The University of Law (ULaw) alumna Emma Lilley is a qualified solicitor who studied the LPC MSc part-time while working full-time as a paralegal. We caught up with Emma to discuss her journey into law and get her advice for students following in her footsteps.
My journey into law hasn’t been the most conventional, but the more experienced I get, the more beneficial that’s been in my career. Studying the LPC part-time with ULaw also really helped with that.
I didn’t get great A-level results. I was meant to be going to university to study music, but I didn’t get in. I was still quite academic; I just didn’t get the best grades. On clearing day, I called around universities near and far to ask what degrees they had available.
I was offered a place on the LPC with Foundation Year. Yes, it was an extra year, but it meant I was in. I was accepted and said yes, bearing in mind I had no ambition to be a lawyer; I had no idea what the career path entailed. I don’t think people know as much as they could about the degree and the path into law because it’s quite complicated. This is why I wanted to explain the in-house route now.
I started to really enjoy it, I began to see the benefits of the degree and this career path, but I still didn’t know how I’d fit into it. Then I learnt about applying for training contracts in the second year. I didn’t know what to do. I wasn’t even sure I wanted to be a lawyer, never mind applying for training contracts; this is where my gap year came in.
The job I was working in part-time while studying for my UG law degree was setting up a new business venture in Australia and I applied to go. What an amazing experience. I wasn’t set into the routine of having to have a training contract by a certain year or be qualified by a specific date; it allowed me that freedom. I was still thinking – am I going to be left behind everyone else? But I am so glad I went; it was the best decision I ever made. You have so many years to work in law, and I know it’s difficult now and we can’t all take gap years and work abroad. Hopefully, we can soon. But if you get any opportunities to broaden your horizons in any way, please do consider it.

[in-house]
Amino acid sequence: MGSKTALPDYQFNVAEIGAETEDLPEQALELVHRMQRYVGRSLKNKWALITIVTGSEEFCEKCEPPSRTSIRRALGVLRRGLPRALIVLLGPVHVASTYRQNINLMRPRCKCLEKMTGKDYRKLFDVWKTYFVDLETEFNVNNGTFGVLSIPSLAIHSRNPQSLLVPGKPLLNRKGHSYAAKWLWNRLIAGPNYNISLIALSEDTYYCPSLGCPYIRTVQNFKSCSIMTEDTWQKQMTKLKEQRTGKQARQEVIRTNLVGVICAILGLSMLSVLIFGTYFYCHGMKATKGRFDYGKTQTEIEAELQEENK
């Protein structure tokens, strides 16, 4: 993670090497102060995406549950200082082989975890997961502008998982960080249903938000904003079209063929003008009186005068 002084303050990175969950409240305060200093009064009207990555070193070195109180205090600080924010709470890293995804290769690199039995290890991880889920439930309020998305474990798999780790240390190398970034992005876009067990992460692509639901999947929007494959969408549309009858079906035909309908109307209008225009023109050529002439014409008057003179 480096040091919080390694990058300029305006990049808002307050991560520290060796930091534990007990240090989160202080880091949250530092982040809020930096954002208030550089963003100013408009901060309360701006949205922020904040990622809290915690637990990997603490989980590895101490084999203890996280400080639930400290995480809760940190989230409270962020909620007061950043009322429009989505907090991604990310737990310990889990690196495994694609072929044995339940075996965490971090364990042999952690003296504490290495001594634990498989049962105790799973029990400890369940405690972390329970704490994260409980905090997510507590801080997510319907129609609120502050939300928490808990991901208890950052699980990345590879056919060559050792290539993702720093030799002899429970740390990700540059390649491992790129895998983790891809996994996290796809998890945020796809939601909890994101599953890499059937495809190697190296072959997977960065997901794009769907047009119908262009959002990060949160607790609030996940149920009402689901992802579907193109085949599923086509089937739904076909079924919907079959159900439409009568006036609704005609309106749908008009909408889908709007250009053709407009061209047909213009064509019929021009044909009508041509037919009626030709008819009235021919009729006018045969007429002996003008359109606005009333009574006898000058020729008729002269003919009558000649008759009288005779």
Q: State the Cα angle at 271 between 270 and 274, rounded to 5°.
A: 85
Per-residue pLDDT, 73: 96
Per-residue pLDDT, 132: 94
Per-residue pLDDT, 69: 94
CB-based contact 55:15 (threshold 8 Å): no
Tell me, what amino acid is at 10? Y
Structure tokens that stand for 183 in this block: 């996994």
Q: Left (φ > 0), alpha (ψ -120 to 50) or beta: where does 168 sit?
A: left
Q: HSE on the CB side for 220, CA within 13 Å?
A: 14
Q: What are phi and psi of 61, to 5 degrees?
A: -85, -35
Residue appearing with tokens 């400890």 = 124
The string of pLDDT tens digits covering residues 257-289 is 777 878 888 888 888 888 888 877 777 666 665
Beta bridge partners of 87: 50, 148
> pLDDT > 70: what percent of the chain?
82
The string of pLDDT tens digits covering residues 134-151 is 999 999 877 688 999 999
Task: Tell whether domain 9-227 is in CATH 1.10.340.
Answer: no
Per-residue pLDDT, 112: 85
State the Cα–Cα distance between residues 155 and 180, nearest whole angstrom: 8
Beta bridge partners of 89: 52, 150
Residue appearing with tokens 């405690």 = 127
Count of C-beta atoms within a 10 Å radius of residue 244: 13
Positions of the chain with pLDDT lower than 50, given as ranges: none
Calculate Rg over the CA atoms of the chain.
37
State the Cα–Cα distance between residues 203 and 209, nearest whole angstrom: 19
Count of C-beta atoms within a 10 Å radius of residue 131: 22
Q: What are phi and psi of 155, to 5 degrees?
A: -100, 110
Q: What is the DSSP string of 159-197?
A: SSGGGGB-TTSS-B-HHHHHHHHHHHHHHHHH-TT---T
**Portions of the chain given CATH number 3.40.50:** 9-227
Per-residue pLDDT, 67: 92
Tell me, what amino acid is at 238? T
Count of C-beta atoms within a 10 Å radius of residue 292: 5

While working, I discovered the in-house side of law. I was working on a Saturday and somebody mentioned to me that the lawyer for the company was in the office. I didn’t think it made sense as I didn’t think the company had lawyers. But it was true, they did. I knocked on his door, had a meeting with him and talked about all things law. This whole new world was opened to me. In-house is a lot more flexible and the ULaw course that I did really complemented the route that I wanted to take. I did the LPC MSc part-time at the weekends while working full-time in a paralegal role; it slotted together well.
Working during the week and studying at weekends was hard, I can’t lie. I think it’s tough no matter which way you do it, but the way to make it manageable is to prioritise your time. Arrive at the office early, get all your revision in and stay up to date with paperwork.
I had so many doubts before I qualified. I didn’t have great A-level results; I didn’t think I’d fit in. I didn’t even know if I wanted to be a lawyer. I just followed what I enjoyed and pushed for what I believed in. I believed in myself and created my own path.
Find out how you, too, can set yourself up for success with a law qualification from The University of Law.